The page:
Not Loud, But Proud: How Giftedness, Creativity, and Introversion Helped Me Find My Way

By Melody Yourd.

Age 8:

I’m in the backseat of my mom’s Volvo. A Beatles cassette is playing over the stereo, and I have my cheek resting against my seatbelt; my gaze drifts out the window at the passing scenery. But I can feel my eyes going out of focus as I start to I pay less and less attention to my surroundings, and slip into something that’s becoming a safe and happy place for me: my own mind.


I start to think about all the fun things in life, the warm and nostalgic things, the things that make my intense childhood mind flare with joy. The green grass and sunlight at my kindergarten “graduation” in the park. The texture of flour and scent of sugar as my grandmother helps us cut cookie dough into the shape of Christmas trees. The way raindrops make little ripples in puddles on chilly wet days. The red comforting walls of my family’s cabin, surrounded by towering trees older than time; the sliding glass door foggy from the heater in the morning, the deck doused in cool shadow and shaded in redwood needles.


I love thinking about these things so much—I love it in a way I can’t put into words. I just love reflecting on them. Absorbing myself in the thoughts of them.


Vaguely, I’m aware that we’re almost at school, and I’ll have to try to engage my mind in another boring day. But I don’t want that. I just want to stay in the car, and keep thinking, forever.


Age 10:

One day, my teacher keeps me inside during recess to talk to me. “Why don’t you have that many friends?” she asks. “You’re such a talented, good-natured kid. Why do I always see you spending time alone?”


I’m confused at her concern, because I honestly hadn’t thought about it. It’s true, I don’t have many friends. It’s my first year at this new school and everyone in my class already knows each other. But I have two good friends who also went to my old school; I play with them at recess. And at home I have my sister, too. I’d never really thought that having only them was a bad thing.


I don’t remember the rest of the conversation, but I leave the classroom feeling shaken. I don’t learn much from that teacher that year, but that one thing sticks in my mind: she thinks there’s something wrong with me.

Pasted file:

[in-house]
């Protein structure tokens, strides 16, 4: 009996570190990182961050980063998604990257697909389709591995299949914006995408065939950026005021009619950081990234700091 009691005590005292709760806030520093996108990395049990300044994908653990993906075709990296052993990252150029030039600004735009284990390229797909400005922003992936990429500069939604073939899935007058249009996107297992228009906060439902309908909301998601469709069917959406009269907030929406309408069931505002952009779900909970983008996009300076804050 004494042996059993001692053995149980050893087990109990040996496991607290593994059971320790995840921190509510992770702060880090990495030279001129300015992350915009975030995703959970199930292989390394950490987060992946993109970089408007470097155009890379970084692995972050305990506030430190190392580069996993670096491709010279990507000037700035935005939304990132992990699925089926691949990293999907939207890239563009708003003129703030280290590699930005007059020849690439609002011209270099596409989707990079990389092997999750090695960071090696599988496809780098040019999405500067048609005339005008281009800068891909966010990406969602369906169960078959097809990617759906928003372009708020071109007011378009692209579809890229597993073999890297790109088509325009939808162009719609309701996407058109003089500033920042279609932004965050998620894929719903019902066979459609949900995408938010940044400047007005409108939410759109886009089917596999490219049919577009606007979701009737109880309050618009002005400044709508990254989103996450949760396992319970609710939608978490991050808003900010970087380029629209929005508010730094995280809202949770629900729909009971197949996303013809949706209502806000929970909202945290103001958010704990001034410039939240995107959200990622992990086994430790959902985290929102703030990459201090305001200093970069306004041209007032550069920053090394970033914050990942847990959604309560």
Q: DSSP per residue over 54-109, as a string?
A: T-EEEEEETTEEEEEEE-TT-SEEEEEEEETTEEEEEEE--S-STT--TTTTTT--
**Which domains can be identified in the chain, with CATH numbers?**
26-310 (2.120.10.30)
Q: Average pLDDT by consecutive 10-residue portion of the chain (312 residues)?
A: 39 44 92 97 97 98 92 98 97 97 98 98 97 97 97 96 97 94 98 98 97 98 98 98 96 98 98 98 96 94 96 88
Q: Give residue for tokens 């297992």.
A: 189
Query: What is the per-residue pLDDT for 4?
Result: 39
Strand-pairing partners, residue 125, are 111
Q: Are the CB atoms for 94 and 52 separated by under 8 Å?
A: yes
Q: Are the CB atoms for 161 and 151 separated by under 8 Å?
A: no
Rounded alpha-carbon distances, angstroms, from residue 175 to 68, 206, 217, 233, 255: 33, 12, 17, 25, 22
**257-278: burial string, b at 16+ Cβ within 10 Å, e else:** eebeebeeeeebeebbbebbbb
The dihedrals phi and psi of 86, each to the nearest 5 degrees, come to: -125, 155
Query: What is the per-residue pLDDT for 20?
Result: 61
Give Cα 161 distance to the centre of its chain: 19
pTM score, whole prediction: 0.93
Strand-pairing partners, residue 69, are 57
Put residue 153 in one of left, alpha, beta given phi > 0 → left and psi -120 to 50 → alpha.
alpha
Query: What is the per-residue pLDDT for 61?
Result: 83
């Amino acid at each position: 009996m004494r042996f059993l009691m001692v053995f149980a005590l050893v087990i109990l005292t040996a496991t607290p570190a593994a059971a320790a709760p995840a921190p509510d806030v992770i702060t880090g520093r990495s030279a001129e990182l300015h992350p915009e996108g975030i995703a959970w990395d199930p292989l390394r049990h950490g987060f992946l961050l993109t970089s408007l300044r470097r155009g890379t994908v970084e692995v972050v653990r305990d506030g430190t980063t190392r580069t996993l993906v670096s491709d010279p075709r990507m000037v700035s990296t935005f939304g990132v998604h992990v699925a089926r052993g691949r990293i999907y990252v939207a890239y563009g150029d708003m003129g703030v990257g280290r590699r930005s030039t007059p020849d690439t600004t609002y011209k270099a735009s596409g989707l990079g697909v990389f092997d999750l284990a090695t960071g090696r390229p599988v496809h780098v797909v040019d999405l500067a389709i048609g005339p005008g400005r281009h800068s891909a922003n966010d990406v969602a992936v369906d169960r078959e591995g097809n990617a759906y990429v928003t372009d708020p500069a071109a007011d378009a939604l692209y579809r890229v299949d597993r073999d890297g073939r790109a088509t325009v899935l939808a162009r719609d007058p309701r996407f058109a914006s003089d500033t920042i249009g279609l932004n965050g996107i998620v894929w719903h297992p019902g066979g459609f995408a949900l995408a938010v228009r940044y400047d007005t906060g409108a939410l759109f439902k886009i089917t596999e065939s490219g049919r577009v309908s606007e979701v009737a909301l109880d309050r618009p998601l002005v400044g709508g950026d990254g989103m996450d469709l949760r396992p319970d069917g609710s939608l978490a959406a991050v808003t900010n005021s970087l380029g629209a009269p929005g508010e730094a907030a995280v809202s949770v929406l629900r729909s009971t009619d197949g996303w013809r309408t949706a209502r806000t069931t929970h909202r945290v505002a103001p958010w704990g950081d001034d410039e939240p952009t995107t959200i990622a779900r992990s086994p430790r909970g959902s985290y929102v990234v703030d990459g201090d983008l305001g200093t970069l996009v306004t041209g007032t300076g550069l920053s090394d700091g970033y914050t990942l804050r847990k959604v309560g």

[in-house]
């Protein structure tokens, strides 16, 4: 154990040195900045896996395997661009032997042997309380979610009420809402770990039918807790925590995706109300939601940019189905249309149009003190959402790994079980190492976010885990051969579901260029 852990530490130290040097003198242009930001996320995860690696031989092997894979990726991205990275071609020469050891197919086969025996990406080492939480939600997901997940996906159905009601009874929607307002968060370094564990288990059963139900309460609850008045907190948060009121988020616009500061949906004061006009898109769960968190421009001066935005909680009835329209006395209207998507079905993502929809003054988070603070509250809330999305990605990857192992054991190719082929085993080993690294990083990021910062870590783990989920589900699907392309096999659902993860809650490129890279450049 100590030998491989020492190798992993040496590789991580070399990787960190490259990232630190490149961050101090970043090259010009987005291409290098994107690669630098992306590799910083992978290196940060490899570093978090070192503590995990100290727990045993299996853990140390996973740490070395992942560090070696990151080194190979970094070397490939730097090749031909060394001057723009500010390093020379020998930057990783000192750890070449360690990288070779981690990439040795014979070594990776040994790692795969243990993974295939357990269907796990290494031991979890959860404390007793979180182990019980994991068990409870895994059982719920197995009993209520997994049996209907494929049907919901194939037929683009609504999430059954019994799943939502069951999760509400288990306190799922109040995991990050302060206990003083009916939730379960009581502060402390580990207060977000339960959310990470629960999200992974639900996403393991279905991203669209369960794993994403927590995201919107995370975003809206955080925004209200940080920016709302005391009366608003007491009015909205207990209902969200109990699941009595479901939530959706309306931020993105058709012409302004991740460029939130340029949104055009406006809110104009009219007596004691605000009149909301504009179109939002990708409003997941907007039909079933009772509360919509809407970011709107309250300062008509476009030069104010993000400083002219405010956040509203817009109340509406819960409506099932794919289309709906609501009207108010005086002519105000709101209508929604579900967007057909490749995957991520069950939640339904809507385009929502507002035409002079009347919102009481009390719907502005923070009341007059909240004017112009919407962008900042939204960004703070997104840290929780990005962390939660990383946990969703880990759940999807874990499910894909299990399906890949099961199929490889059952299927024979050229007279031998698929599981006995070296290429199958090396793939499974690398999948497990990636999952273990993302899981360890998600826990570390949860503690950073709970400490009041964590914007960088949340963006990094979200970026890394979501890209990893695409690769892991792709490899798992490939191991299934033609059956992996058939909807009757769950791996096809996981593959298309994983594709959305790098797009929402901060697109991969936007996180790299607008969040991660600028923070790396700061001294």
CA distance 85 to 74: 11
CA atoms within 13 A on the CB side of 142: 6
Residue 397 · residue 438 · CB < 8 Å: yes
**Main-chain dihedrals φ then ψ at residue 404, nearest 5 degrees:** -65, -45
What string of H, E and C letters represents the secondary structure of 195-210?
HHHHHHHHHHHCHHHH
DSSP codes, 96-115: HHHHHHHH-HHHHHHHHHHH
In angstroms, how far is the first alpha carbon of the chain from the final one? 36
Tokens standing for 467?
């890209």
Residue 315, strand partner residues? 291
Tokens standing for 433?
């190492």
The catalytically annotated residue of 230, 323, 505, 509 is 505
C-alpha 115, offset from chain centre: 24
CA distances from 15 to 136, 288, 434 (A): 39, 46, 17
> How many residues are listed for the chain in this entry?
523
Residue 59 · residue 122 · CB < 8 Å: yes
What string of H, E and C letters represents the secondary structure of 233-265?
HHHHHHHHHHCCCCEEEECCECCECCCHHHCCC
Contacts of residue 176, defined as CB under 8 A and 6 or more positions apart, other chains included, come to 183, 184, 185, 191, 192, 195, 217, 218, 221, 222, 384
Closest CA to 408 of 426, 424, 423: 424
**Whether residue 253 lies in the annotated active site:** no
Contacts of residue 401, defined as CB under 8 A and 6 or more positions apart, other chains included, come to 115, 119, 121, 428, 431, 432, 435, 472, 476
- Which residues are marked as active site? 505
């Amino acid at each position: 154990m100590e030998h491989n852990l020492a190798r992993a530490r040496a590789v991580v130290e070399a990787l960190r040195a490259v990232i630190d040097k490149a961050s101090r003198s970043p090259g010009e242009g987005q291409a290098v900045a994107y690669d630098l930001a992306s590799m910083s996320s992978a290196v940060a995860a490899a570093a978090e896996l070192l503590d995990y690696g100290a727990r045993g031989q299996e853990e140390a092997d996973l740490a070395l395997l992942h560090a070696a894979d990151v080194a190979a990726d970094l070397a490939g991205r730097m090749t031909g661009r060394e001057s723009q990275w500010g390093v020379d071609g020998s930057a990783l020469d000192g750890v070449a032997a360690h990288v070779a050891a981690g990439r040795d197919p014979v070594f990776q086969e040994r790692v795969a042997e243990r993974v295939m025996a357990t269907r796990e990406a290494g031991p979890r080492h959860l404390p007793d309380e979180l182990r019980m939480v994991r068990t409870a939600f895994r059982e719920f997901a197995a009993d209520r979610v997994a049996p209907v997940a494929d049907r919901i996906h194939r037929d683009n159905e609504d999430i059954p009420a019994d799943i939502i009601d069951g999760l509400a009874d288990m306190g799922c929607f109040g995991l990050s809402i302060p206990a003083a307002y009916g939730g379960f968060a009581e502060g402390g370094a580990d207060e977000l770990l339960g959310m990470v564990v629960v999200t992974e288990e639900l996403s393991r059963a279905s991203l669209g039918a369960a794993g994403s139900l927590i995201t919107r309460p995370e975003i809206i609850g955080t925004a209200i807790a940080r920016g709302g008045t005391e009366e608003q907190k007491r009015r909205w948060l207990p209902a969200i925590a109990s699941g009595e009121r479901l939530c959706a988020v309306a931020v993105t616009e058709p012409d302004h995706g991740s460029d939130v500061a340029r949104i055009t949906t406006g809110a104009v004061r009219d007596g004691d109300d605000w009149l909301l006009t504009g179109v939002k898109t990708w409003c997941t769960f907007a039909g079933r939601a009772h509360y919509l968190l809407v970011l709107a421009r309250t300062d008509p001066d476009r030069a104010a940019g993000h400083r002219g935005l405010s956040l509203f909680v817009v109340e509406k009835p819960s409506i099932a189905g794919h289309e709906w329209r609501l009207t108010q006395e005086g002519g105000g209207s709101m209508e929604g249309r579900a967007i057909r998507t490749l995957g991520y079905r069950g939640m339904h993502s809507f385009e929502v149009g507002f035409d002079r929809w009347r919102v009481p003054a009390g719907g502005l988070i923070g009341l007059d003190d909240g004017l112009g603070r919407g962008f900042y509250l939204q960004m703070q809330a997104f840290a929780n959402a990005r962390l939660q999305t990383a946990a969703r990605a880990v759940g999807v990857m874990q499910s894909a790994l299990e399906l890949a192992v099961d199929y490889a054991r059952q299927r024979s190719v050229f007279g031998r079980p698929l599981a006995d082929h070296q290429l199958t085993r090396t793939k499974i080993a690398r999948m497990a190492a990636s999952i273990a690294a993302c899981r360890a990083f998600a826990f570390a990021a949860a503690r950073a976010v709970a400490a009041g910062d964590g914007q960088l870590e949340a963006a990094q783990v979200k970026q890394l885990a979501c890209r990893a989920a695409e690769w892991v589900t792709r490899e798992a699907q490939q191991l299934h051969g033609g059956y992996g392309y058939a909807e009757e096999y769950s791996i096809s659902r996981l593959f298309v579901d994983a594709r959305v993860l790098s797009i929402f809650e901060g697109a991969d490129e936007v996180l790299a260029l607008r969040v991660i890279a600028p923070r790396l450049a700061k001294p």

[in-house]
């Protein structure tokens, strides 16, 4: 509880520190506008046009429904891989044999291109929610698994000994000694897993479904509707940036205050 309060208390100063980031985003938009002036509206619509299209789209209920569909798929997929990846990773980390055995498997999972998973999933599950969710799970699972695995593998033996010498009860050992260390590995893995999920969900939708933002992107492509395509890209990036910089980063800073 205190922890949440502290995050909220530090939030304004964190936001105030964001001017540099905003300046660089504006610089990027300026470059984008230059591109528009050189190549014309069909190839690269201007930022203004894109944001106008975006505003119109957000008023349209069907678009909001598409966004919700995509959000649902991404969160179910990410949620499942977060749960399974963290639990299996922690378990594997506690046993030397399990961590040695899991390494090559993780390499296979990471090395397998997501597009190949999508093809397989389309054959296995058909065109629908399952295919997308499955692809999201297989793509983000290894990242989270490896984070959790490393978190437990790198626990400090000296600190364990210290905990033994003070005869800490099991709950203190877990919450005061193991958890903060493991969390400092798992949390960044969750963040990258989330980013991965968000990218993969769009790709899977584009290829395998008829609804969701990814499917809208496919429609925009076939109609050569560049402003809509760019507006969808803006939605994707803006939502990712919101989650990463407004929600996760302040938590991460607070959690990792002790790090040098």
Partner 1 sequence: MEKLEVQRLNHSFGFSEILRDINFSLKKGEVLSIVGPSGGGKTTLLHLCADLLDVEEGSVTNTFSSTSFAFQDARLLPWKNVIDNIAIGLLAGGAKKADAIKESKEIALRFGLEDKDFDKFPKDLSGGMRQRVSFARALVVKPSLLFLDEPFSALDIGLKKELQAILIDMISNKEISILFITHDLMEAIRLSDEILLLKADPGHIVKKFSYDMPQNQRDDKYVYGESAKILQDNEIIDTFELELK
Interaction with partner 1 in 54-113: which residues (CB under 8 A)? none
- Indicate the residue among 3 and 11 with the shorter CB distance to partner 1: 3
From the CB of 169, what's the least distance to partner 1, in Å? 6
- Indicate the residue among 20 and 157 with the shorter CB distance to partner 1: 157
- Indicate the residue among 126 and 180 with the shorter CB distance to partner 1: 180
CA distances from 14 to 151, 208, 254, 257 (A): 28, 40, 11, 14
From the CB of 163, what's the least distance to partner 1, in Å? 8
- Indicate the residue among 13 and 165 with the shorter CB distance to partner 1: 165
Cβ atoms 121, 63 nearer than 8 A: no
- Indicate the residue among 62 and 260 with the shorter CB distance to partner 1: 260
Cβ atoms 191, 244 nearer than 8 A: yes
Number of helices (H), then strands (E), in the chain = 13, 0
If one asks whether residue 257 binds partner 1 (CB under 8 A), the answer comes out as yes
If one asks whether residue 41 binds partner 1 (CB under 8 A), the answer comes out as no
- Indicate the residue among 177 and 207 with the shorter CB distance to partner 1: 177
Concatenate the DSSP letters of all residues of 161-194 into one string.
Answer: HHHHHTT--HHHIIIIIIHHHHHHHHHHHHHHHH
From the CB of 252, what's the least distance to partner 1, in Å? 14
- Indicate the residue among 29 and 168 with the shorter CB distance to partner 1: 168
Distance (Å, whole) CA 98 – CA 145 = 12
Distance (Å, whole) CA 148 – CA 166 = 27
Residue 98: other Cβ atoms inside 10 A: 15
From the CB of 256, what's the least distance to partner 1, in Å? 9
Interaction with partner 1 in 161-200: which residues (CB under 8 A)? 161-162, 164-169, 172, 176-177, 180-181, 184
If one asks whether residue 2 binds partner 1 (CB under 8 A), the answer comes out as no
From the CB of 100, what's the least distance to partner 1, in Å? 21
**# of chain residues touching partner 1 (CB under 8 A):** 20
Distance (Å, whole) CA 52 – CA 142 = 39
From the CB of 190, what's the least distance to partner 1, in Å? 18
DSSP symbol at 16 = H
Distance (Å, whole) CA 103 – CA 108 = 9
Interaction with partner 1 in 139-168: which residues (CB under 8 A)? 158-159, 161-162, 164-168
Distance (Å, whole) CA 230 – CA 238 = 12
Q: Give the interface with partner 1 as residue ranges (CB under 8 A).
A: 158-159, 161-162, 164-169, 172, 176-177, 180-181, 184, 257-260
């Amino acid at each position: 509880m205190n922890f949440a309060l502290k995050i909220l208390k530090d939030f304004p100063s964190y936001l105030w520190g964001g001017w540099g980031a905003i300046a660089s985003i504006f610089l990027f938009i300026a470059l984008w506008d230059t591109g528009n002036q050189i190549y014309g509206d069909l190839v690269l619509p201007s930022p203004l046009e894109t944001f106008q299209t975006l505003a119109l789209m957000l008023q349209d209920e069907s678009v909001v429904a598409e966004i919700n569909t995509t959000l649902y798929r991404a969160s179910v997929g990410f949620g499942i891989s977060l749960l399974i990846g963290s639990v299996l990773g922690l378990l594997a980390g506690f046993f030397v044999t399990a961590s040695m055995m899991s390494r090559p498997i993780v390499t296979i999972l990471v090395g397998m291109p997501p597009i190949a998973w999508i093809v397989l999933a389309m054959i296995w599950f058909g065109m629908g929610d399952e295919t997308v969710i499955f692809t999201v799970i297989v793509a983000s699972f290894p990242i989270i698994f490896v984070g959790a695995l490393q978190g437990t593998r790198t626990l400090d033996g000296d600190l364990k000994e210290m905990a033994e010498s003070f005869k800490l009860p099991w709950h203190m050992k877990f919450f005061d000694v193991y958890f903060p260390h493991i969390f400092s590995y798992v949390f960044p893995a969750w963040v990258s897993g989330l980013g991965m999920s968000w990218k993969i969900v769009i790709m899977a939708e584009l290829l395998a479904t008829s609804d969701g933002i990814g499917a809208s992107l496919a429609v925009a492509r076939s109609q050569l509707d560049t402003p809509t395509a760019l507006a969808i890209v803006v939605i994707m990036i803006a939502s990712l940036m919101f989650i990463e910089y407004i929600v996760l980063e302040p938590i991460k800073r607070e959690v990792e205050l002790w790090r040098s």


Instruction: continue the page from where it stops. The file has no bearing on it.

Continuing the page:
Age 12:

My fourteen-year-old sister does not understand my habit of going off in my own world when we’re all in the car together. She jabbers away with our mom in the front seat, while I imagine movie scenes to the music we’re listening to, or otherwise think about the stories I’m writing or the books I’m reading. (If I wasn’t likely to get carsick, I’d be reading those books in the car, too.)


“What do you think, Mel?” my sister asks, in the middle of one of their conversations. I blink and try to recall what they were talking about. “MEL,” she shouts, trying to get my attention.


“I wasn’t listening.”


“Why not?!”


She doesn’t get it. Even when I try to listen to their conversation, my mind grows antsy, ready to burst from the noise of it all. I need that time in the car, especially after school, to focus on my own thoughts for awhile. I need it like I need to breathe.


Age 14:

I’m in the most boring elective class I have ever taken: graphic arts. We get occasional art assignments, which I complete the day they’re given. Other than that, kids have free reign of the classroom while the teacher grades homework and works on lesson plans for his core classes.


My classmates mostly ignore me in this class, thankfully. But being around them sometimes is painful, even if they don’t torment me. Watching the way they laugh and obnoxiously try break school rules in class, hearing their inane jokes for over an hour nonstop, unable to escape… it grinds at me.